Not many people will argue the fact that few animals are as photogenic as the cute quokka. These Australian critters are about as cute as they come. That being said, I have decided to create an article about them. The quokka (Setonix brachyurus), is a small macropod about the size of a house cat. Like other marsupials in the macropod family (like kangaroos and wallabies), the quokka is mainly nocturnal. But catch em foraging during the day time and be prepared for the ultimate selfie. We’re talking cute overload here. Quokkas are found on 2 smaller islands off the coast of Western Australia, particularly Rottnest Island just off Perth and also Bald Island near Albany and in isolated scattered populations in forest and coastal heath between Perth and Albany.
First the Stats…
Scientific name: Setonix brachyurus
Weight: Up to 11 lbs.
Length: Up to 21 inches
Lifespan: Up to 10 years
Now on to the Facts!
1.) It has a stocky build, well developed hind legs, rounded ears, and a short, broad head. Although looking rather like a very small kangaroo, it can climb small trees and shrubs up to 1.5 meters. Its coarse fur is a grizzled brown color, fading to buff underneath. The quokka is known to live for an average of ten years.
2.) After a month of gestation, females give birth to 1 baby called a joey. Females can give birth 2 times a year and produce approximately seventeen joeys during their life. That’s a lot of babies to be had.
3.) They are known for their ability to climb trees.
4.) Quokkas eat many types of vegetation, including grasses and leaves, thus making them herbivores.
But wait, there’s more on the quokka!
5.) Rottnest Island visitors are urged to never feed quokkas, in part because eating “human food” can cause dehydration and can cause them to become malnourished.
6.) Due to the relative lack of fresh water on Rottnest Island and the quokkas high water requirements, they satisfy most of their hydration needs through eating vegetation.
Did you know…?
When fleeing a predator, mother will eject her baby from her pouch. The freshly launched, baby flails about on the ground, making weird hissing noises and attracting the predator’s attention while the female quokka escapes to live another day. Mother of the year… smh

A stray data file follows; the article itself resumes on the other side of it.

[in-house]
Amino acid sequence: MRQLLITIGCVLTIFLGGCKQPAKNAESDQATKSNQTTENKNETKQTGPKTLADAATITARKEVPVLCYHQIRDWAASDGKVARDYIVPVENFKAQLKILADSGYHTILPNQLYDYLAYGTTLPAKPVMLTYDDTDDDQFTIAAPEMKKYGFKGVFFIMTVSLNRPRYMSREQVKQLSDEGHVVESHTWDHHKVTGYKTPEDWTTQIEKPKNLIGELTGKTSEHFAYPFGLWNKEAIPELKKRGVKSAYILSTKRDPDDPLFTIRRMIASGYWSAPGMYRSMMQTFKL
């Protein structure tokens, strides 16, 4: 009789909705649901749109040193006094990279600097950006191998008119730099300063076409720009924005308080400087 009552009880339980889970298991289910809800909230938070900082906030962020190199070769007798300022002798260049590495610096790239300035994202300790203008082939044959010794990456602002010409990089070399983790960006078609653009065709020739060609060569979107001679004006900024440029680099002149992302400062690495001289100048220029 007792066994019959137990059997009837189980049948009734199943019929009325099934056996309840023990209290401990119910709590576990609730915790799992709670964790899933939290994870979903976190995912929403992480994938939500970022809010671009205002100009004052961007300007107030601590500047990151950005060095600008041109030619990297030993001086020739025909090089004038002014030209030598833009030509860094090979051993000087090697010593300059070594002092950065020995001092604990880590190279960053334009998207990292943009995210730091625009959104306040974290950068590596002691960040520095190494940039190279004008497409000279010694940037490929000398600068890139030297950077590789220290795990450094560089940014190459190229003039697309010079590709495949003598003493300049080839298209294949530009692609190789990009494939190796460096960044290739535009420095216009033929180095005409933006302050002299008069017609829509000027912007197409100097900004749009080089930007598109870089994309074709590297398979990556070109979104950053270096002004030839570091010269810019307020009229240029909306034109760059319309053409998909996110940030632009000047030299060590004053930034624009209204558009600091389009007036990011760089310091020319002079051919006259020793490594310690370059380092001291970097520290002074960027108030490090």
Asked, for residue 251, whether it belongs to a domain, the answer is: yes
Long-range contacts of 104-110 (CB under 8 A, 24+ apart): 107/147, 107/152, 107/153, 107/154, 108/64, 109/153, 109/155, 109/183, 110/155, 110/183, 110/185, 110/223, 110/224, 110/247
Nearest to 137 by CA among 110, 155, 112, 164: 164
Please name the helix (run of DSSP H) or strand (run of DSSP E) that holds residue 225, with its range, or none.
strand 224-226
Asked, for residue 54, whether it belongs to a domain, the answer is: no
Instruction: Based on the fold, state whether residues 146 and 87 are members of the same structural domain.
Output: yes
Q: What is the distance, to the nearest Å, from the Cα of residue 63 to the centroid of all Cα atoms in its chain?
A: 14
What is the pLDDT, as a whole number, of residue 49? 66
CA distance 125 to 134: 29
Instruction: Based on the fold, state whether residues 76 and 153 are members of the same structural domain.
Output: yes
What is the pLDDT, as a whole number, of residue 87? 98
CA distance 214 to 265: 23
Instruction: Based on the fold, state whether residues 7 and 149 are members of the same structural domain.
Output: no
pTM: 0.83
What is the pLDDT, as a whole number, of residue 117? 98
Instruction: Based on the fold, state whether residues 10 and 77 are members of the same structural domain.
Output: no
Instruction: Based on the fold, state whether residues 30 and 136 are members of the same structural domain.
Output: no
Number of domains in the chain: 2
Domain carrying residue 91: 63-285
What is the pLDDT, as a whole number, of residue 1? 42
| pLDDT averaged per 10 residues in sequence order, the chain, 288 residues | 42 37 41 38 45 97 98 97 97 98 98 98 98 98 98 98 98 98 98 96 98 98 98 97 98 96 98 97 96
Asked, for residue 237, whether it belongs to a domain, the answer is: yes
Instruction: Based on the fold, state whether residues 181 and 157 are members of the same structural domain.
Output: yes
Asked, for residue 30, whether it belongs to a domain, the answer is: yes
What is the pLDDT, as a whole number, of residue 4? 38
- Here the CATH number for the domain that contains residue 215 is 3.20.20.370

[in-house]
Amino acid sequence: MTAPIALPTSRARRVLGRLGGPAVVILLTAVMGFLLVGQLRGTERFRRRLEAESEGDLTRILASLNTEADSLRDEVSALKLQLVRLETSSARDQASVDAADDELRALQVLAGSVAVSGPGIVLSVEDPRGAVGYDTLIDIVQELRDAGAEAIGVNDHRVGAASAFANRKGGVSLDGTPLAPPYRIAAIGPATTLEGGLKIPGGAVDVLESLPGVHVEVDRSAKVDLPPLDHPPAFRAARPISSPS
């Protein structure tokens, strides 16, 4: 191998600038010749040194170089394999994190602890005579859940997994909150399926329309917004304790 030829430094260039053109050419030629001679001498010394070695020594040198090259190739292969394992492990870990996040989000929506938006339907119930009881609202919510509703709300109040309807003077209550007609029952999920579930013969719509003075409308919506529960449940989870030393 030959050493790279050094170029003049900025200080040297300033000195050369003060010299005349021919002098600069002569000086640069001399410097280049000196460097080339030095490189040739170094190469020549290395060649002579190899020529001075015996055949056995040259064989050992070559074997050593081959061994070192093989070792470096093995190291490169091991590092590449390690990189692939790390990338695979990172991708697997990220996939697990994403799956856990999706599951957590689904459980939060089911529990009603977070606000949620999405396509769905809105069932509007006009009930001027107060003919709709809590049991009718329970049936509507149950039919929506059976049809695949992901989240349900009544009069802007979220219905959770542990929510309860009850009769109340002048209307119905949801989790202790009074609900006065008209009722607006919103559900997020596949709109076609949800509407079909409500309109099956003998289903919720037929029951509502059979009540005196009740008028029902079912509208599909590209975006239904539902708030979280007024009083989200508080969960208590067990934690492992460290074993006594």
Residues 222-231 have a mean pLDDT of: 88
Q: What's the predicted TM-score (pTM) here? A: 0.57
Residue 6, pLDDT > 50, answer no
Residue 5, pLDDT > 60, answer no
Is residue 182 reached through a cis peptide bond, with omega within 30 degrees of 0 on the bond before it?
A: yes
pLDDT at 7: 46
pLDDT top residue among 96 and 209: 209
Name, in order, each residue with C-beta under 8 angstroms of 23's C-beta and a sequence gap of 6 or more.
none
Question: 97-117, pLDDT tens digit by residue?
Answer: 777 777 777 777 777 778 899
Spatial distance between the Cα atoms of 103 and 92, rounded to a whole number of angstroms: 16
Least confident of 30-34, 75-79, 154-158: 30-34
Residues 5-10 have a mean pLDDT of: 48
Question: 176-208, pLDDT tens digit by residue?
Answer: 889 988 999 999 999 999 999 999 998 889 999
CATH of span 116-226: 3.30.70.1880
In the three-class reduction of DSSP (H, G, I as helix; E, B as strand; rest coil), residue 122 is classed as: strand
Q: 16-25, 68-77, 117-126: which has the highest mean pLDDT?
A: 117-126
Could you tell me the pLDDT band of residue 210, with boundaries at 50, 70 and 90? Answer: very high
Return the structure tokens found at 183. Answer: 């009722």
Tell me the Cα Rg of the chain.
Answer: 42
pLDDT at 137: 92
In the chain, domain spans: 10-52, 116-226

7.) At the time of colonial settlement, the quokka was widespread and abundant with its distribution encompassing an area of about 15,900 square miles of south-west Western Australia, including the two offshore islands, Bald and Rottnest Island. Following extensive population declines in the twentieth century, by 1992 the quokka’s distribution on the mainland was reduced by more than 50% to an area of about 6,900 square miles!
8.) The quokka has little fear of humans and it is common for quokkas to approach people closely, particularly on Rottnest Island. It is, however, illegal for people to handle them in any way. However, the quokkas have no problem taking selfies with tourists or the locals.
But wait, there’s still more on the quokka!
9.) A quokka’s big feet are tipped with very sharp claws. So just don’t make them angry or you will pay for it!
10.) Inquisitive, appealing, and fearless, quokkas have adapted to human presence in their environment in admirable fashion. Campsites and condos are all fair game for hungry quokkas, who have become notorious for raiding homes in search of late-night snacks. Quokka settlements have sprung up around youth hostels and tourist sites, in other words, where they are assured of an easy meal.
11.) Since their introduction to Australia in the 1930s, foxes have developed a taste for quokkas. Fox and domestic cat predation, land clearing, and the risk of fire or disease spreading through an isolated population are the main threats to the critters.